‘A Queer African Spirit’ was directly inspired by a January 16, 2014 news article : “Mubarak Ibrahim, a 20-year-old Muslim man in northern Nigeria, has been sentenced to a public lashing for engaging in homosexual behavior. Under Islamic and national law, same-sex intimacy is illegal. A law banning gay marriage, public displays of gay affection and gay organizations are banned. A BBC reporter present at the sentencing said Ibrahim screamed in pain as he was beaten with a whip made from animal skin and dipped in oil. The judge said he gave favorable thought to Ibrahim’s guilty plea, and his explanation that the act took place seven years ago.” (3)











Wanted Dead, 2012 – 2014, Archival pigmented ink-pen on archival acetate, 17×14 inches. © Adejoke Tugbiyele

Tgbiyele continues to give us a different take on sexual identity and political freedom with her series of drawings that were initiated upon news of the murder of Ugandan LGBT activist, David Kato. Uganda passed a similar law on February 24, 2014, punishing “aggravated homosexuality” with life imprisonment (revised from an earlier proposal of the bill, in which individuals would receive the death penalty).


Unpray the Flesh, 2013, Rubber dildo and skull beads, 84 x 30 x 9cm © Adejoke Tugbiyele

Her conceptual sculpture, ‘Unpray the Flesh’ (2013) investigates religious complicity in the persecution of marginalized groups through the conjoining of religious symbolism with phallocentric worship. In ‘Afro Odyssey V: Demons Contained’, a performative video piece, Tugbiyele delves into her own sexual identifications and the narrative ramifications of ‘coming out,’ for familial and cultural histories. (4)


Still from ‘AfroOdyssey IV: 100 Years Later’, 2014 © Adejoke Tugbiyele


In photos, videos and installations the South African Zanele Muholi shows her LGBT activism. She also does that by working in her community, by lecturing, writing, participating in panels all over the world. In her work she has been documenting and archiving the hate crimes, the so called ‘corrective rapes’ and there upon funerals in her country. Although South Africa became one of the first countries in the world to abolish discrimination based on sexual orientation in its constitution and although it legalized same-sex marriage after apartheid in 1994, hate crimes still persist.













Crime Scene #6 – © Zanele Muholi

Muholi also finds it important to make work that represents the positive, like marriage or just simply the joy and intimacy in daily live. By presenting humanity in her works she hopes to bring the LGBT and hetero sexual communities together while accepting the differences.

AfricanahSashazanele - wedding







Ziningi & Delisile Ndlela’s wedding VI. Chesterville, Durban, 15 June 2013 © Zanele Muholi

In 2009 she founded Ikanyiso : «It was in response to the lack of visual histories and skills training produced by and for LGBTI persons, especially artists (in the form of photography, film, visual arts and multi media). A lot of contributors (collective of creative thinkers) have participated in this initiative.” (6) Inkanyiso’s focus is on Visual Arts & Media Advocacy and visual literacy training. (You can hear Muholi speak about this project and her work documenting and archiving in Pen World Voices Festival. See note 7).

The urgency of her work is echoed in the poem ‘Please, Take Photographs!’: by Sindiwe Magona included in Muholi’s recent book “Faces and Phases” (2014).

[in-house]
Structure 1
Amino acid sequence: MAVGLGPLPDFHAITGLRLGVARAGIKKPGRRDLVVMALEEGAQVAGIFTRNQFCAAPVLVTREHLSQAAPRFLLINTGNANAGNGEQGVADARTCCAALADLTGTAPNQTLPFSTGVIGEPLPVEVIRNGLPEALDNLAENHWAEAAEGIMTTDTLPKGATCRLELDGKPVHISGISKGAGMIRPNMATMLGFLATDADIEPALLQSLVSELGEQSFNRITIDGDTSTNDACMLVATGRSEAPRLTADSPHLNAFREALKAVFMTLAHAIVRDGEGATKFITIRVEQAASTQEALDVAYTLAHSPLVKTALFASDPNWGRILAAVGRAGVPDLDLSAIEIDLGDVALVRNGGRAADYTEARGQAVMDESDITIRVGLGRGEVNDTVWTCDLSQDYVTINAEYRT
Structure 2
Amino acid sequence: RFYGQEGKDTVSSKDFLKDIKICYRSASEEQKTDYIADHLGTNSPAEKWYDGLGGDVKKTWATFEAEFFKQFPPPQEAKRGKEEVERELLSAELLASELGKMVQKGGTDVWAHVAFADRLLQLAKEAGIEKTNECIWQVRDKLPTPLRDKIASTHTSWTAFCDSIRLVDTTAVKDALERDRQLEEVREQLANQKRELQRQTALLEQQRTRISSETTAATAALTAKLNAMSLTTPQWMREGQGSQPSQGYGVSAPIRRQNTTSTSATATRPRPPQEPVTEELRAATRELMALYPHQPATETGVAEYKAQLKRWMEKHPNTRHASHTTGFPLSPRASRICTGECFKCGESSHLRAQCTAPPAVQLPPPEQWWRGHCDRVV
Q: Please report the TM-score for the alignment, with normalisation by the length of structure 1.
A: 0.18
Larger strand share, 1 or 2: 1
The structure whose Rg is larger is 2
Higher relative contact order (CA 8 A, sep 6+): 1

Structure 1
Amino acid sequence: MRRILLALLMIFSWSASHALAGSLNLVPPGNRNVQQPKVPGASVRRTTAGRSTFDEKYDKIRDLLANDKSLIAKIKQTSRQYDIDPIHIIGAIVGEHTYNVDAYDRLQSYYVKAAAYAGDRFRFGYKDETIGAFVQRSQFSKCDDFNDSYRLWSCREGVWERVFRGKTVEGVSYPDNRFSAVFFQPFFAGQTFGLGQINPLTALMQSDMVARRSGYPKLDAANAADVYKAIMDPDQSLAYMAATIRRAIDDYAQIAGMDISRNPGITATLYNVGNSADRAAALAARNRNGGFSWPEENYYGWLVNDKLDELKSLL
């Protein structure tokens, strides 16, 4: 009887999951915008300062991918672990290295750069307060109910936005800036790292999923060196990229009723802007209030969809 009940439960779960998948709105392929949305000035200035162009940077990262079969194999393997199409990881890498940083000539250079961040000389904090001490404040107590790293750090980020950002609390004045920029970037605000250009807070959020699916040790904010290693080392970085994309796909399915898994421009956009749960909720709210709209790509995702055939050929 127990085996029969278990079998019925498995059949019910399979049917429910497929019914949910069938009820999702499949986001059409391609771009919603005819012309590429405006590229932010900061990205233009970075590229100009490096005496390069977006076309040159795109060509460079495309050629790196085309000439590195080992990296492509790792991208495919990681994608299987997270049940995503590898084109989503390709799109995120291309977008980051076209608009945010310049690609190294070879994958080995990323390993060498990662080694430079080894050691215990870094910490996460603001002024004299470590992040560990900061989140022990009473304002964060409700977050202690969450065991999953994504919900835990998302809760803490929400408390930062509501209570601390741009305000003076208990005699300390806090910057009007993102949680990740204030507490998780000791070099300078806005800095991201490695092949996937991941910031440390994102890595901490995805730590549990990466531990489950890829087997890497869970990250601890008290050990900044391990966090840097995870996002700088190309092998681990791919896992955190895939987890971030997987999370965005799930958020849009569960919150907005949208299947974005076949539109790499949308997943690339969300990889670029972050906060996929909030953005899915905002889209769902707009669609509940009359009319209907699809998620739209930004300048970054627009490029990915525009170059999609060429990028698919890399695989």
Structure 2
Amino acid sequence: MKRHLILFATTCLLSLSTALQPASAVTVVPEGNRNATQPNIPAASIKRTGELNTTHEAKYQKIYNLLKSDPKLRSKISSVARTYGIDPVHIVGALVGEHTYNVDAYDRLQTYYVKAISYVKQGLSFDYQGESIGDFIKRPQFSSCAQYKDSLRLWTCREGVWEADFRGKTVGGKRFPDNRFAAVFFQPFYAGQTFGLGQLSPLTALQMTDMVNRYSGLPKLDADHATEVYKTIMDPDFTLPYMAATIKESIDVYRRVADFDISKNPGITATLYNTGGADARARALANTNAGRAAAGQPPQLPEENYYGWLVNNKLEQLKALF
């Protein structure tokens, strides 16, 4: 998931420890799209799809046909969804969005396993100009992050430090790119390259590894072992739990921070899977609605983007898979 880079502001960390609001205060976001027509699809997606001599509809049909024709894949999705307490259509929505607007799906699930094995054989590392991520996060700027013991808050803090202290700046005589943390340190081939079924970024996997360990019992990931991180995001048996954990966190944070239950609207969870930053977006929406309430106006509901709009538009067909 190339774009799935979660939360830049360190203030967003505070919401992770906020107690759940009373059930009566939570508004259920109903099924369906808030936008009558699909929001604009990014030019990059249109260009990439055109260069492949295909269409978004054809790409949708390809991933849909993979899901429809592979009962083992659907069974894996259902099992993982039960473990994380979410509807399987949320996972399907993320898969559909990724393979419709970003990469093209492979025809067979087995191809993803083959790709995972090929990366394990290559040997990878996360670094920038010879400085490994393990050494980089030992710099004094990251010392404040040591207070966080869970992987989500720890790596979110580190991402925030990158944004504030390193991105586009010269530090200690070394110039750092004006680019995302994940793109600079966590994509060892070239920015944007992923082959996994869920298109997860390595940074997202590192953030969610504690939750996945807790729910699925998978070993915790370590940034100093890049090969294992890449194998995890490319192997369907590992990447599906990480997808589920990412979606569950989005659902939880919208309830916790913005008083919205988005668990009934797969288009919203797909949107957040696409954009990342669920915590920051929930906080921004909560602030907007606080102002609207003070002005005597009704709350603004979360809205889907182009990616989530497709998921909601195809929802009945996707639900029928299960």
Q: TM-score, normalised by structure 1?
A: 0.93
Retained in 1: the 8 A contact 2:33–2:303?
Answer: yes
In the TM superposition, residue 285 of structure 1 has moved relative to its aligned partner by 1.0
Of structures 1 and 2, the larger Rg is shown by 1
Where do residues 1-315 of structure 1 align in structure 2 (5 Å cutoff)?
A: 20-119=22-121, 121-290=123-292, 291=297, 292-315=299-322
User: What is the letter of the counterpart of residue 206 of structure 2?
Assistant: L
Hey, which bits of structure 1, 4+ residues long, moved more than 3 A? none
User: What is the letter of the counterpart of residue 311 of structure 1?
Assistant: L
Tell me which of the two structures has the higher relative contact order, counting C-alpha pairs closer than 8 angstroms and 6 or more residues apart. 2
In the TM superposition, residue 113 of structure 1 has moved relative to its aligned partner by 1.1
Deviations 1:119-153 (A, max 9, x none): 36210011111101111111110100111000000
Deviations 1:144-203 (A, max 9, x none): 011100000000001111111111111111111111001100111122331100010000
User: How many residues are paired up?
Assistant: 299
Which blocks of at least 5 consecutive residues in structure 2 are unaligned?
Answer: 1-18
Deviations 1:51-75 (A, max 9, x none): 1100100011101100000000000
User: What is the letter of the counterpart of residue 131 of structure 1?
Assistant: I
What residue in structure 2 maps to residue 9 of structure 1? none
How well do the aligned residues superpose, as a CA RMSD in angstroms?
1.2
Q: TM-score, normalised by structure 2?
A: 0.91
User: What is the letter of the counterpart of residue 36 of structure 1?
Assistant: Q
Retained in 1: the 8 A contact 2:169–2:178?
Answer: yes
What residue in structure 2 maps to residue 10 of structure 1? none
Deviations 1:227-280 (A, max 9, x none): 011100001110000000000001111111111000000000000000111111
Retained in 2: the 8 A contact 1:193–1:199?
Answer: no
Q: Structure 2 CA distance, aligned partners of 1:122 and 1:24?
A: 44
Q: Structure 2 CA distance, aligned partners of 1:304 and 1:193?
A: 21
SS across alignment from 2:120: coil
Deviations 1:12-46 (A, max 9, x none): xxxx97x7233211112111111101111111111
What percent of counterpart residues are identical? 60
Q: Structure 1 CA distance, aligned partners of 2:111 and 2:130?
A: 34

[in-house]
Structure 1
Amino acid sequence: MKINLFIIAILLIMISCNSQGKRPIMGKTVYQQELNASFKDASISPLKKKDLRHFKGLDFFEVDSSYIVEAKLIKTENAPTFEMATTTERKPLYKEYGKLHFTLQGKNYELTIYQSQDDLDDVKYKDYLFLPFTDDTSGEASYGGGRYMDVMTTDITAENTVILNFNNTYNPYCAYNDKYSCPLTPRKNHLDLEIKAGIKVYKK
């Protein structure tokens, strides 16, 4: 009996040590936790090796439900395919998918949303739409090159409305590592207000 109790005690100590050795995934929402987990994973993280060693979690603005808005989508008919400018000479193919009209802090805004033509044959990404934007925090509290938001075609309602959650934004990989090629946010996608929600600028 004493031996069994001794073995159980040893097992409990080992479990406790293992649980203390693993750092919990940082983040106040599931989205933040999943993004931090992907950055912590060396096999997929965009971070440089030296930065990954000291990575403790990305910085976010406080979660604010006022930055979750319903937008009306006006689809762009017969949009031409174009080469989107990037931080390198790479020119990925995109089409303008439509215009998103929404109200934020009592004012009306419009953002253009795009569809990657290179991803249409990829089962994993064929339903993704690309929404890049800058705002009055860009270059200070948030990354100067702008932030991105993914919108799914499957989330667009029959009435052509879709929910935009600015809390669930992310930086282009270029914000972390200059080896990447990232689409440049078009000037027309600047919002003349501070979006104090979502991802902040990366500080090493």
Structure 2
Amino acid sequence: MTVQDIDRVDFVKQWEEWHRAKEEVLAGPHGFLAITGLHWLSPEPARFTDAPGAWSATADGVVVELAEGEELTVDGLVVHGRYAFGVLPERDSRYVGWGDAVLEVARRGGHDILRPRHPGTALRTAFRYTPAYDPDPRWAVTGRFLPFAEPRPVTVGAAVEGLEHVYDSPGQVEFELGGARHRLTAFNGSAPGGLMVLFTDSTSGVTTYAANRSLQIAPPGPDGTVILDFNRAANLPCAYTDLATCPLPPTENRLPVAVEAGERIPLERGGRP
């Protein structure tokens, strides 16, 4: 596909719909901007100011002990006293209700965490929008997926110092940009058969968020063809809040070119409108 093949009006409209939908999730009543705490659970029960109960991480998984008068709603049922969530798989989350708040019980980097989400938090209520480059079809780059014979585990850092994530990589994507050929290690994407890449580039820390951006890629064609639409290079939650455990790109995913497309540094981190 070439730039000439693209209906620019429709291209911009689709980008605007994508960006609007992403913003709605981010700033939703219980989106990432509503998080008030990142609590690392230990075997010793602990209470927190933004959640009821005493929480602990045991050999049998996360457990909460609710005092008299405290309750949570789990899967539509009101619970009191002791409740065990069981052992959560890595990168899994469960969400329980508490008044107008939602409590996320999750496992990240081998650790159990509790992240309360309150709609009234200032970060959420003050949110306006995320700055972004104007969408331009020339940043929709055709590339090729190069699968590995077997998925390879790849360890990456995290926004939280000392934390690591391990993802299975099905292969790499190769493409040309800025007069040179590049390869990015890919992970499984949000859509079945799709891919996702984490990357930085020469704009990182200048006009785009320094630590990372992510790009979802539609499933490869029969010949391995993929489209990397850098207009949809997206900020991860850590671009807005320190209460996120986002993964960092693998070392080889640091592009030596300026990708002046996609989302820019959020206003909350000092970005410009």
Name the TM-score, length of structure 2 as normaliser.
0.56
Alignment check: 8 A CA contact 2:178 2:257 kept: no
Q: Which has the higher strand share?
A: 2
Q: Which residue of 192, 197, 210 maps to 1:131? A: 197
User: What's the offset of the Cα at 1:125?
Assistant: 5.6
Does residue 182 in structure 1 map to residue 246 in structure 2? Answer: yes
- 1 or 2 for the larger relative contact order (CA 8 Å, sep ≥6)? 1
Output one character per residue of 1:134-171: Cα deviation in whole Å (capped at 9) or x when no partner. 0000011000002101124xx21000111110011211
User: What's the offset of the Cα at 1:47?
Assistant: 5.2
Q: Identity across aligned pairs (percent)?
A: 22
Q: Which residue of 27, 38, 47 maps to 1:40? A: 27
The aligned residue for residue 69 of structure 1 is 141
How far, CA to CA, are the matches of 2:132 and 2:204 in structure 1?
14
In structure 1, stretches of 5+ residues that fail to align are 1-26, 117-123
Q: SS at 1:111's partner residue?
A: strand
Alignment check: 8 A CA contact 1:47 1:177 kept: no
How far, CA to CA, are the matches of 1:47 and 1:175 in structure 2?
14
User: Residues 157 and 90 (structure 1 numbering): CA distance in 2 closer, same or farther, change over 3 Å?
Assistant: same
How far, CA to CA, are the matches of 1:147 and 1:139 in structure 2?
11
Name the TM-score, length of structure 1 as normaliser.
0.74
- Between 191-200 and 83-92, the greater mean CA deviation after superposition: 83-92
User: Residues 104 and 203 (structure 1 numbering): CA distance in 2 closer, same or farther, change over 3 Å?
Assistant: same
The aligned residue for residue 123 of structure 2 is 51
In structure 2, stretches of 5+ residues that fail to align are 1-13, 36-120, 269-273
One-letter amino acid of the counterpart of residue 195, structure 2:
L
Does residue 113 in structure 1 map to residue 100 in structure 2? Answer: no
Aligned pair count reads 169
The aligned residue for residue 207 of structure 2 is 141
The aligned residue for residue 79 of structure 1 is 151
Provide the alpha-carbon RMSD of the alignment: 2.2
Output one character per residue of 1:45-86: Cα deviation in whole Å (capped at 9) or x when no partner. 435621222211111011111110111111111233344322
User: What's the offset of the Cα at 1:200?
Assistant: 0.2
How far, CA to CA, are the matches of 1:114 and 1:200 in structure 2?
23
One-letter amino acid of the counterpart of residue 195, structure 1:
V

Go to the nearest or cheapest electronic goods store
And there, buy cameras by the score.
Hurry! Go! Go! Go!
Then go home; gather your family and
Take photographs of them all
Especially the children; especially, the young,
Hurry! Take photos of them all
Before it is too late…
…Please hurry! Take photographs of all the children, now!
Take photos, for tomorrow they will be gone.
Take photos! Take photos of the children…
Children who will not see thirty.
Children who will never…grow…old.



















Being #8 © Zanele Muholi

There are signs that what Muholi is advocating for in Africa is starting to happen. The anti-LGBT actions worldwide and the response by the LGBT artists coming out personally at theirs and their families risk as well as in their work has sprung the straight art community into action. Inspired by the coming out of one of her closest friend’s Kenyan writer/activist Binyavanga Wainaina in 2014, visual artist Wangechi Mutu has launched a new organization Africa Out! With Africa Out! Mutu focuses on raising both money, by donations and auctions, as well as awareness, by giving lectures and participating in panels.(8)

Given the art and artists like Muholi, Mutu, Scott and Tugbeyele there is a reason to be optimistic about art as a tool for change. However, it is our responsibility to make that change.




Work of mentioned artists can be seen at:
Until June 30, 2015 – Zanele Muholi – Look3, Charlottesville Virginia
Until July 4, 2015 – Adejoke Tugbiyele – Speaking Back – Goodman Gallery, Cape Town
Until August 29, 2015 – Adejoke Tugbiyele – Resignifications – Museo Stafano, Berdini / Villa La Pietra / Biagiotti Progetto Arte, Florence
Until September 9 2015 – Zanele Muholi – Storylines: Contemporary Art – Guggenheim, New York
Until September 20 2015 – Zanele Muholi – Undress Your Mind – The Institute of Sexology, London
Until September 2015 – Zanele Muholi – Recent acquisitions – Centre Pompidou, Paris
September 11 until 20, 2015 – Zanele Muholi – Malmo fotobiennal
Until November 1, 2015 – Zanele Muholi – Isibonelo/Evidence – Elizabeth A. Sackler Center for Feminist Art, 4th Floor in Brooklyn Museum, Brooklyn
Until November 22 – Wangechi Mutu – Venice Bienale
All Picures courtesy of the artists.
6. Text website
10. Internationally people can donate to the organization online as well as bid on about 50 artworks that have been donated by a diversity of artists.


Sasha Dees is an international independent curator and producer. She is a contributing author for, ARC Magazine and Trendbeheer.